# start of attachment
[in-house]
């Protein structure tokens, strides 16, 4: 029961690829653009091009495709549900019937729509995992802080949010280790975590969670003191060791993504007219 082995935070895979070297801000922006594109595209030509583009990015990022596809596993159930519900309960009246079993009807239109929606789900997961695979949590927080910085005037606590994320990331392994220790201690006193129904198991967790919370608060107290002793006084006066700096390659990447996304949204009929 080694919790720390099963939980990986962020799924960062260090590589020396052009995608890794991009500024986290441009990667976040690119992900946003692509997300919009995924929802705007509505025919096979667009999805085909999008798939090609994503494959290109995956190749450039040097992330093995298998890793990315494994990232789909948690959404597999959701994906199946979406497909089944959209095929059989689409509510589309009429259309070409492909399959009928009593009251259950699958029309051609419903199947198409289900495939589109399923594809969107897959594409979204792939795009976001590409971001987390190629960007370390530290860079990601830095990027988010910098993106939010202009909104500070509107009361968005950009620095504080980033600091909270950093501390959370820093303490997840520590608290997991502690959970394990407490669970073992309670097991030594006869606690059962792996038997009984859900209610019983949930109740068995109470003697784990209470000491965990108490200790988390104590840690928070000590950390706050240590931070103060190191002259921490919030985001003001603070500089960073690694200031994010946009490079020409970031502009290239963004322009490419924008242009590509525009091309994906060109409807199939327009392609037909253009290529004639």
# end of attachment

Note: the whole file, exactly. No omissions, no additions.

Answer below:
[in-house]
């Protein structure tokens, strides 16, 4: 029961690829653009091009495709549900019937729509995992802080949010280790975590969670003191060791993504007219 082995935070895979070297801000922006594109595209030509583009990015990022596809596993159930519900309960009246079993009807239109929606789900997961695979949590927080910085005037606590994320990331392994220790201690006193129904198991967790919370608060107290002793006084006066700096390659990447996304949204009929 080694919790720390099963939980990986962020799924960062260090590589020396052009995608890794991009500024986290441009990667976040690119992900946003692509997300919009995924929802705007509505025919096979667009999805085909999008798939090609994503494959290109995956190749450039040097992330093995298998890793990315494994990232789909948690959404597999959701994906199946979406497909089944959209095929059989689409509510589309009429259309070409492909399959009928009593009251259950699958029309051609419903199947198409289900495939589109399923594809969107897959594409979204792939795009976001590409971001987390190629960007370390530290860079990601830095990027988010910098993106939010202009909104500070509107009361968005950009620095504080980033600091909270950093501390959370820093303490997840520590608290997991502690959970394990407490669970073992309670097991030594006869606690059962792996038997009984859900209610019983949930109740068995109470003697784990209470000491965990108490200790988390104590840690928070000590950390706050240590931070103060190191002259921490919030985001003001603070500089960073690694200031994010946009490079020409970031502009290239963004322009490419924008242009590509525009091309994906060109409807199939327009392609037909253009290529004639």